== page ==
In addition to his tireless service to those in need, Jim fought leukemia for years. Just a moment ago, I received the news that Jim passed on last month, and I’m devastated. It’s such a loss to so many. We need more folks like Jim in this world of ours, not fewer. I used to lay in bed on a winter’s night listening to the wind howl, and feel somewhat comforted by the fact that, come morning, homeless vets would be greeted by Jim’s smile, a steaming cup of coffee, a sack lunch, a change of clothes, and perhaps one of our quilts. But now, if not Jim, who?
A load of quilts ready for delivery. And our dog, Tia, who believes herself to be a bedroll.
Here’s a link to a blog post from one of Jim’s veteran friends that explains more about Jim’s life, and how he was laid to rest. RIP, Jim.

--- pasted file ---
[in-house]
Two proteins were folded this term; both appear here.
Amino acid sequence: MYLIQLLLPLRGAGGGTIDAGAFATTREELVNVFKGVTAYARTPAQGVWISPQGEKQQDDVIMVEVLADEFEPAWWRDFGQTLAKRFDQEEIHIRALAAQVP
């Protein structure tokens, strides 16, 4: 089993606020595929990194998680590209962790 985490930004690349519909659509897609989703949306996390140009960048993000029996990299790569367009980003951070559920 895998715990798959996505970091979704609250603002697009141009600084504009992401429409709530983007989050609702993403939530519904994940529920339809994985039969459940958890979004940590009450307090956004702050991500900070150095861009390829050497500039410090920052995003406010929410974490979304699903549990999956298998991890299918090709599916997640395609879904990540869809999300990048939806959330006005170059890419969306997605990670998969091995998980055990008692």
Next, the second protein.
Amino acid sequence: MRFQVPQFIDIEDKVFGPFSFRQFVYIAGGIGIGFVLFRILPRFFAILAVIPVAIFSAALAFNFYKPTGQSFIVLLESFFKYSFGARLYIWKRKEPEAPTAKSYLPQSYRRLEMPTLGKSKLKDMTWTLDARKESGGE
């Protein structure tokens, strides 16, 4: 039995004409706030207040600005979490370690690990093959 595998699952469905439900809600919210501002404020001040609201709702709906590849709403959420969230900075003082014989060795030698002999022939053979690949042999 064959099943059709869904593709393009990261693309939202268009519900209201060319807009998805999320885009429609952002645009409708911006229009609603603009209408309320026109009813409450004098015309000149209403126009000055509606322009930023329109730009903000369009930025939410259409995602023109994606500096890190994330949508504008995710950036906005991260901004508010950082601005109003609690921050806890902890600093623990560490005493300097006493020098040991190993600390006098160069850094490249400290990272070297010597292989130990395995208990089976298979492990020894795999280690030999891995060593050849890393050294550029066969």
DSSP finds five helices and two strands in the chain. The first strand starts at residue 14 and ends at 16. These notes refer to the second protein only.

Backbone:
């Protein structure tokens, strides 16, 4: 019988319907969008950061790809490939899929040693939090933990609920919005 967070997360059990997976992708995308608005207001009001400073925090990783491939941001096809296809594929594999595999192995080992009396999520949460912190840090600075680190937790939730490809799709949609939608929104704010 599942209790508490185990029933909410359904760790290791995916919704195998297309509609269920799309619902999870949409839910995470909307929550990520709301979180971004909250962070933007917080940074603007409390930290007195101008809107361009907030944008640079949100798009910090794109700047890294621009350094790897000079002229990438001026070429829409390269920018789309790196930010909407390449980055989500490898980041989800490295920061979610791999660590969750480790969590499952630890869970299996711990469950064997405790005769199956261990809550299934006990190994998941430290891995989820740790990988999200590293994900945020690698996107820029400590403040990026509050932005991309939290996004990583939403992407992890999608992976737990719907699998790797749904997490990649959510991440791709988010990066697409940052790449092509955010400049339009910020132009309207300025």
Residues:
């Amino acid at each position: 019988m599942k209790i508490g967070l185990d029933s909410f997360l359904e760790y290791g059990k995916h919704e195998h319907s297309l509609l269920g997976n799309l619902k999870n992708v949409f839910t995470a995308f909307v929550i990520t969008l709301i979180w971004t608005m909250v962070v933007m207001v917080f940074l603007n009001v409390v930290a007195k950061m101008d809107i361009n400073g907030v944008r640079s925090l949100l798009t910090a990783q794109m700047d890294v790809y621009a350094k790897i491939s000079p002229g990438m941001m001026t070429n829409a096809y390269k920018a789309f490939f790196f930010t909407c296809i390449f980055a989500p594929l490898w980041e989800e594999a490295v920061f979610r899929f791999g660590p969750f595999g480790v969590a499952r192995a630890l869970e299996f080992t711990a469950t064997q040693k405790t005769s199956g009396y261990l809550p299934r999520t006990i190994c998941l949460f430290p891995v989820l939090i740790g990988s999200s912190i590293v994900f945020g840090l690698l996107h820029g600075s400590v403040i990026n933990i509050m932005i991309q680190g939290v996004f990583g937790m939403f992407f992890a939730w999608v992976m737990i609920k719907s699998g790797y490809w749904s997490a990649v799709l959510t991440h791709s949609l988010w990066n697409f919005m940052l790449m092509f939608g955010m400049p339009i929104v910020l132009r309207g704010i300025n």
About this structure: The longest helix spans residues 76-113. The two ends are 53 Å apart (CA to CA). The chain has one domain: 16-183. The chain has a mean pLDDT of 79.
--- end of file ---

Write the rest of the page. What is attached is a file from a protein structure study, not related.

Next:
Tomorrow is Veteran’s Day, so while it’s important to honor vets everyday, it’s especially important now. Here are some facts you should know and chew on and try really hard to stomach. According to a study from HUD, “On a single night in January 2013, there were 610,042 people experiencing homelessness in the United States, including 394,698 people who were homeless in sheltered locations and 215,344 people who were living in unsheltered locations.” Almost 60,000, or nearly 10%, of those homeless people were veterans. They served in the military to safeguard our freedom, and, then, due to PTSD, alcoholism, drug addiction, or physical handicaps, many of which were a by-product of their service, have found themselves without a home.
How does such a thing happen? How can the strongest nation in the world, one that tops the list of military expenditures, not take care of its former freedom fighters? It’s beyond my comprehension. How can we expect vets to risk their lives and then simply discard them when they arrive back home, oftentimes broken? What are your thoughts?